A fur baby, dressed in a onesie and booties, parades by my home in Toronto, running at the end of a long loose leash held by a woman talking on her phone while sipping a coffee. Another dog walks by, and another. Then a dog walker with four. An hour later, that same walker comes from the opposite direction with three others. I can think of a dozen cats among the houses near mine too.
All the while, I think of how many children each little dog and cat could feed. While 3.4 billion people around the world live on less than $6 a day, Canadians spend $3 a day on average just feeding their puppies. Of course, I know some of these animals, as well as their owners. They are good, caring people. But global poverty is everybody’s responsibility.
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We need to look seriously at how we spend our own money. And we truly must start valuing human beings more than pets.
There are about eight million dogs and eight million cats in Canada. Fifty-eight percent of Canadians own a pet, whether it be a dog, a cat, a hamster or others, like wallabies. That’s seven and a half million households. In 2020, Canadians spent $6.5 billion on pets and pet food.
Unsurprisingly, another $4 billion was spent on veterinary care and other pet services.
But it’s not just Canadians. Another US$100 billion is spent on pets in the United States, while Europeans spend almost a quarter of that amount on pet products and grooming. What’s more galling is that obesity in pet dogs and cats is on the rise.
Meanwhile, there are still 800 million human beings living without clean water, putting them at risk of dehydration, disease and death. For half a trillion dollars — a few years’ worth of pet indulgence in wealthy western nations — clean water could be supplied to developing nations.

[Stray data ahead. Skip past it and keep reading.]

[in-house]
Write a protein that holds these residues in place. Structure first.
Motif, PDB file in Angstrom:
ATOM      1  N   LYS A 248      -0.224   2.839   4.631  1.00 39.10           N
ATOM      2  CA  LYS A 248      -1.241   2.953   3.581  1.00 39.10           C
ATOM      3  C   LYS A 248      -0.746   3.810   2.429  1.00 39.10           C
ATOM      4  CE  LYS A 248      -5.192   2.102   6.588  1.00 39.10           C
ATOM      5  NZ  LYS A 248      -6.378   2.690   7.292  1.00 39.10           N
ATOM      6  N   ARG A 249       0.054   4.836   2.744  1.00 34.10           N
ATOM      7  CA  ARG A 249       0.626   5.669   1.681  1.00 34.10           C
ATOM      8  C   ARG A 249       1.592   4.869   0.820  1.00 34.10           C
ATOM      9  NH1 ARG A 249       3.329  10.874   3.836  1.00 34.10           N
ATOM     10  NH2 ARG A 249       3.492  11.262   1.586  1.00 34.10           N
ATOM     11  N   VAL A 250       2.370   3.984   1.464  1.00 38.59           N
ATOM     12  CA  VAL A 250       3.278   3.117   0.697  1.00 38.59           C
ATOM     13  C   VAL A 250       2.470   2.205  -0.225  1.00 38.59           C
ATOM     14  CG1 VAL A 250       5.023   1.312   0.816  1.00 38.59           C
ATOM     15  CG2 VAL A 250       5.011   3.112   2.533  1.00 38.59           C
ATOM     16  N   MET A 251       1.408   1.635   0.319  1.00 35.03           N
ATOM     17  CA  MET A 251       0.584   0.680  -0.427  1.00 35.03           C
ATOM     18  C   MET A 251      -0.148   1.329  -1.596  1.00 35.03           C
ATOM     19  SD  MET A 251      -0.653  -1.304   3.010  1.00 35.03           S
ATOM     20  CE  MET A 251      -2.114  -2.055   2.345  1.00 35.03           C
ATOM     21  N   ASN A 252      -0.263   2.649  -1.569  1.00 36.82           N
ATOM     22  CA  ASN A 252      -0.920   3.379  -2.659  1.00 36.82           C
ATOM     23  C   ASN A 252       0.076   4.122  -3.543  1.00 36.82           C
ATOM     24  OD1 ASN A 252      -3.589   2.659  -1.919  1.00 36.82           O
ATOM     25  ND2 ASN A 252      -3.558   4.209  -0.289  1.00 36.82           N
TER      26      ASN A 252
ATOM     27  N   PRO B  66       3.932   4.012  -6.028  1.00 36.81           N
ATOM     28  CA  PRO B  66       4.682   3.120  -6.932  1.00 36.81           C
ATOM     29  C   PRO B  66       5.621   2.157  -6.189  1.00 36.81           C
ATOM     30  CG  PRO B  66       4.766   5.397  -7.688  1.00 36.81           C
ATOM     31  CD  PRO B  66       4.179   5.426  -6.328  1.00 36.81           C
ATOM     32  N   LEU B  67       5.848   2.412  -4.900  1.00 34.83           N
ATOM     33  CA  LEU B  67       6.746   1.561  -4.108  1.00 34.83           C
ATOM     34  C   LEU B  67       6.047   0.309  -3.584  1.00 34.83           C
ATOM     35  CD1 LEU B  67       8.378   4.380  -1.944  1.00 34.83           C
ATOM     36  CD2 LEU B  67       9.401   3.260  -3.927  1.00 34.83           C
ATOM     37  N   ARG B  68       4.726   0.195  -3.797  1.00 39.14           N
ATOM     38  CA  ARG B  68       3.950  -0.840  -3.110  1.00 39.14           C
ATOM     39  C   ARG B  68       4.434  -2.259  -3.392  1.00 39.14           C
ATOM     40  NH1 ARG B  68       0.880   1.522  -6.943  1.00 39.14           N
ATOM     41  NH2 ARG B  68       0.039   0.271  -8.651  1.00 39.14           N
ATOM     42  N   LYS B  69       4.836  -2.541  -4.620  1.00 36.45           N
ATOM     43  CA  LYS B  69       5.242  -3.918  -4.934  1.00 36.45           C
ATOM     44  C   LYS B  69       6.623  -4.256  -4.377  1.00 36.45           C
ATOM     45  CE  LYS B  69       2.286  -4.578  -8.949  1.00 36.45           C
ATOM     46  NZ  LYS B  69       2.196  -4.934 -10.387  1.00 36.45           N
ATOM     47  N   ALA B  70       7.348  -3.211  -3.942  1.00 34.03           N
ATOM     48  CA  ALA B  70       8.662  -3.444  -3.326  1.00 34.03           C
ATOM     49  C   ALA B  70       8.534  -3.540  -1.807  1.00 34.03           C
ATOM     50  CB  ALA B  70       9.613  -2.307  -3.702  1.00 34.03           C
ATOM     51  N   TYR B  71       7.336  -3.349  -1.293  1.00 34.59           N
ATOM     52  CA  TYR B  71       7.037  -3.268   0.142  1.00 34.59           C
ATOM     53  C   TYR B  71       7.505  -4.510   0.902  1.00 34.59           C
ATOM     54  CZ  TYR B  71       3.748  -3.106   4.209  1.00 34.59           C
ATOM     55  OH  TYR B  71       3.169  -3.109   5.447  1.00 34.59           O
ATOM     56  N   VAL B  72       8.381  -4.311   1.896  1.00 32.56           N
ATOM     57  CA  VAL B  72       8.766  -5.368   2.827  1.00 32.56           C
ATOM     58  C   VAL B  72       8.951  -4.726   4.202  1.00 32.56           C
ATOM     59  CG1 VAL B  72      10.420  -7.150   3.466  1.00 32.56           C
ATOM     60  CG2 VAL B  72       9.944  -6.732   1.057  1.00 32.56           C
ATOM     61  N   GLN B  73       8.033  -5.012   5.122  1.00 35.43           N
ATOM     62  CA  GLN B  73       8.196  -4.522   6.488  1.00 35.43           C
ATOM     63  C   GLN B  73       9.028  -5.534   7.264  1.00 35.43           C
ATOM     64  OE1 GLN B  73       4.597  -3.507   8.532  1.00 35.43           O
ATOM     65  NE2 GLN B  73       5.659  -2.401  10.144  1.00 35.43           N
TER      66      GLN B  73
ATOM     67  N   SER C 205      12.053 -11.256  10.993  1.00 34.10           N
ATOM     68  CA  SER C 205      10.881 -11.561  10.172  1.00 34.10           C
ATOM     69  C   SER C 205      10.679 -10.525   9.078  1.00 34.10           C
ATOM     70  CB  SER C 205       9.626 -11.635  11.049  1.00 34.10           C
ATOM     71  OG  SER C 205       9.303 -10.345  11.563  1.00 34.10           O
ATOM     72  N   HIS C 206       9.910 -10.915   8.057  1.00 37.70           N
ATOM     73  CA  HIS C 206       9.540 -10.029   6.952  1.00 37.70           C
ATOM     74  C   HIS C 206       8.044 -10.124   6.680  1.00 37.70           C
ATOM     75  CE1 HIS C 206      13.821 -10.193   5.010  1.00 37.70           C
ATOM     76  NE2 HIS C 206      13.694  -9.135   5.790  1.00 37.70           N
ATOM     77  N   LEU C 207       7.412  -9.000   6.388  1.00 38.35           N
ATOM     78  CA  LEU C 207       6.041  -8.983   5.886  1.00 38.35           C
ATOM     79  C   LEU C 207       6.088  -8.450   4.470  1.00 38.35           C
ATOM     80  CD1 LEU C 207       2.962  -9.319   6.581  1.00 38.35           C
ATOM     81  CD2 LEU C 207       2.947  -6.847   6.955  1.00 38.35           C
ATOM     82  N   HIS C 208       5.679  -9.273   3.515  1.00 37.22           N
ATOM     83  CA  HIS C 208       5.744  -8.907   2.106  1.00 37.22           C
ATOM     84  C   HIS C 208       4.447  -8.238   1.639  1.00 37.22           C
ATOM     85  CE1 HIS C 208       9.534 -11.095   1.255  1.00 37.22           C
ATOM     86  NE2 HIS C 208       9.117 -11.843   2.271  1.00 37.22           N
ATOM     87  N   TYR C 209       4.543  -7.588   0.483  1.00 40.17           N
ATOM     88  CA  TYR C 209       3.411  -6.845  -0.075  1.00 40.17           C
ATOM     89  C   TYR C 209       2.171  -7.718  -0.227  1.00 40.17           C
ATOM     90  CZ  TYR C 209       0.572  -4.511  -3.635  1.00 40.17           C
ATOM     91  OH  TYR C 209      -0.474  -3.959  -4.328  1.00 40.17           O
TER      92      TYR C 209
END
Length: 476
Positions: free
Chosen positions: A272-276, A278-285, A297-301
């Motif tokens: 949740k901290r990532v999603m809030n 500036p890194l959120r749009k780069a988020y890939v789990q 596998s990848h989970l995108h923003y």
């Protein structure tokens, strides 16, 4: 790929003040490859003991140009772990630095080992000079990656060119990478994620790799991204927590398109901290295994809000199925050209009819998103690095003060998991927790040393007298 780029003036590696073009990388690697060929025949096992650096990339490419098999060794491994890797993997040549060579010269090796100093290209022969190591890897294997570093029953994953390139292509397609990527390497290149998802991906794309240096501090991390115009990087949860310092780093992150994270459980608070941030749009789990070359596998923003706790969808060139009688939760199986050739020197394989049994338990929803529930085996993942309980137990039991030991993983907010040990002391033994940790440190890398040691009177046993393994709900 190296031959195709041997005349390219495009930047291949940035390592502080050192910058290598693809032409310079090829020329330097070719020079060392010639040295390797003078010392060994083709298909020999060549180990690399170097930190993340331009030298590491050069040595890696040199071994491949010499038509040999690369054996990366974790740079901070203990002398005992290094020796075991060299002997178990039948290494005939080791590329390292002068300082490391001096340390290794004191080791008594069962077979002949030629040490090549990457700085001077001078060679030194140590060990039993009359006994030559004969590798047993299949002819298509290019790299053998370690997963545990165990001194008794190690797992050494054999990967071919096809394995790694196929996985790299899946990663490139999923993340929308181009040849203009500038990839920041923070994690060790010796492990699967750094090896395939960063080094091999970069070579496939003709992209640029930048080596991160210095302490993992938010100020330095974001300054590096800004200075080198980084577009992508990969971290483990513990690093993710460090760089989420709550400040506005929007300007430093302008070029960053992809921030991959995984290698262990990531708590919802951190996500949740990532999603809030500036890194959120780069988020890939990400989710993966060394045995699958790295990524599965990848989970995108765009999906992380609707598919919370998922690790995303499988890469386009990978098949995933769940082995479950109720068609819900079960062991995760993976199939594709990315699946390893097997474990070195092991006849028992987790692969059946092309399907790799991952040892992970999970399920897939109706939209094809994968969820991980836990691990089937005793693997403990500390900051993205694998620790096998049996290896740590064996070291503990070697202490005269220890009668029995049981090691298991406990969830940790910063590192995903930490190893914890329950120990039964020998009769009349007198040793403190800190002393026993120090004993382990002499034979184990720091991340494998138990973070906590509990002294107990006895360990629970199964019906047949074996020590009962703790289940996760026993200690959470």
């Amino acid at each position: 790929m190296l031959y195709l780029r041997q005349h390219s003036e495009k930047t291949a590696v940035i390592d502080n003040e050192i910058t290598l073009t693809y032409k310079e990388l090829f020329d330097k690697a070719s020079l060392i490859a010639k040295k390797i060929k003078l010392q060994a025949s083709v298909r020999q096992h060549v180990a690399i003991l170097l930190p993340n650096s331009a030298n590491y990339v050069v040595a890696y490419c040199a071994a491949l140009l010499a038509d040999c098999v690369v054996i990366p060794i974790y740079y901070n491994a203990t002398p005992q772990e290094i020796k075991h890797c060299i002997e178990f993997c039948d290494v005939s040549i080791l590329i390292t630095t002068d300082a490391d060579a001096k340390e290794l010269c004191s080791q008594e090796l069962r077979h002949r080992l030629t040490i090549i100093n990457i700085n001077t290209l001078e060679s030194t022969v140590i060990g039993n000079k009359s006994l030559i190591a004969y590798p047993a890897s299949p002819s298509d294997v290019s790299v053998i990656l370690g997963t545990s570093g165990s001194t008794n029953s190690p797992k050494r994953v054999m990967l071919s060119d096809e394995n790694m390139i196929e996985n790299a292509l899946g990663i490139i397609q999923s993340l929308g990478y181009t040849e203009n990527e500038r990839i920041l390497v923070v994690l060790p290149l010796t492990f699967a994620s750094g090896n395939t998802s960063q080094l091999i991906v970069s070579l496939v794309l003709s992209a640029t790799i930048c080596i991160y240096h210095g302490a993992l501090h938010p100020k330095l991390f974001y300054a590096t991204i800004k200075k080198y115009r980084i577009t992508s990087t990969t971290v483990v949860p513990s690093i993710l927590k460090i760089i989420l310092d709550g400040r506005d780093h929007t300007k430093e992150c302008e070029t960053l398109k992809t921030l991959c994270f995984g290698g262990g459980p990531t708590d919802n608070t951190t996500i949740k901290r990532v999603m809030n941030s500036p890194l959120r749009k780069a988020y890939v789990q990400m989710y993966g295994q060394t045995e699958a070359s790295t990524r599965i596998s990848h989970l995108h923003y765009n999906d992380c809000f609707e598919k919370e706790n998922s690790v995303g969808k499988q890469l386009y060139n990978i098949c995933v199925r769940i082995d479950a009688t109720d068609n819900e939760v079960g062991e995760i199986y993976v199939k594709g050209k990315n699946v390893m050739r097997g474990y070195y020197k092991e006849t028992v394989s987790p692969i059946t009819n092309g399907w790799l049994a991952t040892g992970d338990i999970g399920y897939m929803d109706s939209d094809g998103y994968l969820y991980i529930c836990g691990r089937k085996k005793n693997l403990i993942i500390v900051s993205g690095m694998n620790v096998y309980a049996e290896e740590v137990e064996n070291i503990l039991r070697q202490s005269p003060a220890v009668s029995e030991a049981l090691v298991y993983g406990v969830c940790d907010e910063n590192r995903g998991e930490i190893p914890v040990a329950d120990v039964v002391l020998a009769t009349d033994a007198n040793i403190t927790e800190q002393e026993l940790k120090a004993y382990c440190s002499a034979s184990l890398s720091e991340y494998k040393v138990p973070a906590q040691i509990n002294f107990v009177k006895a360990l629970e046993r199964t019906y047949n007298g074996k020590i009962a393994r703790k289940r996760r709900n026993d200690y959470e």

Potable water was one of the targets to achieve in the United Nations’ Millennium Development Goals. Established in 2000, the goals included eradicating poverty, hunger and disease in the developing world, promoting gender equality and establishing universal primary education. It was an idealistic wish list.
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Still, there has been positive movement toward those ambitions. The number of people in extreme poverty — those who live on $1.25 per day or less — was at 1.9 billion in 2003. Now, that figure is under 700 million. Primary education rates have increased and hunger rates decreased. These are signs that with funding and concerted efforts on a variety of levels, the very poor can be lifted out of their poverty cycles.
In a 2005 book, the renowned American economist and author Jeffrey Sachs estimated that it would take US$175 billion per year for 20 years to eradicate poverty worldwide. Obviously, most of the money is there — being spent on pets, not people.
The global pet clothing market alone — hoodies, onesies, etc. — was worth US$5 billion in 2020. Those pictures sure do look adorable on social media, but that is a vulgar statistic. If, at the very least, pet parents could give up their addiction to cuteness, within a decade they could create the infrastructure to feed every child every day.
No dog should be in a hoodie, or in a purse. And no child should have to go without food. People should matter more than pets. People, not pets.
CORRECTION: The magazine version of this story stated that in 2011, Jeffrey Sachs estimated the amount of aid needed to end world poverty, when in fact, that comment came from his 2005 book, The End of Poverty. This version has been corrected.
Andrew Faiz is a writer and editor in Toronto.
This opinion piece first appeared in Broadview’s January/February issue with the title “The price of pets.”
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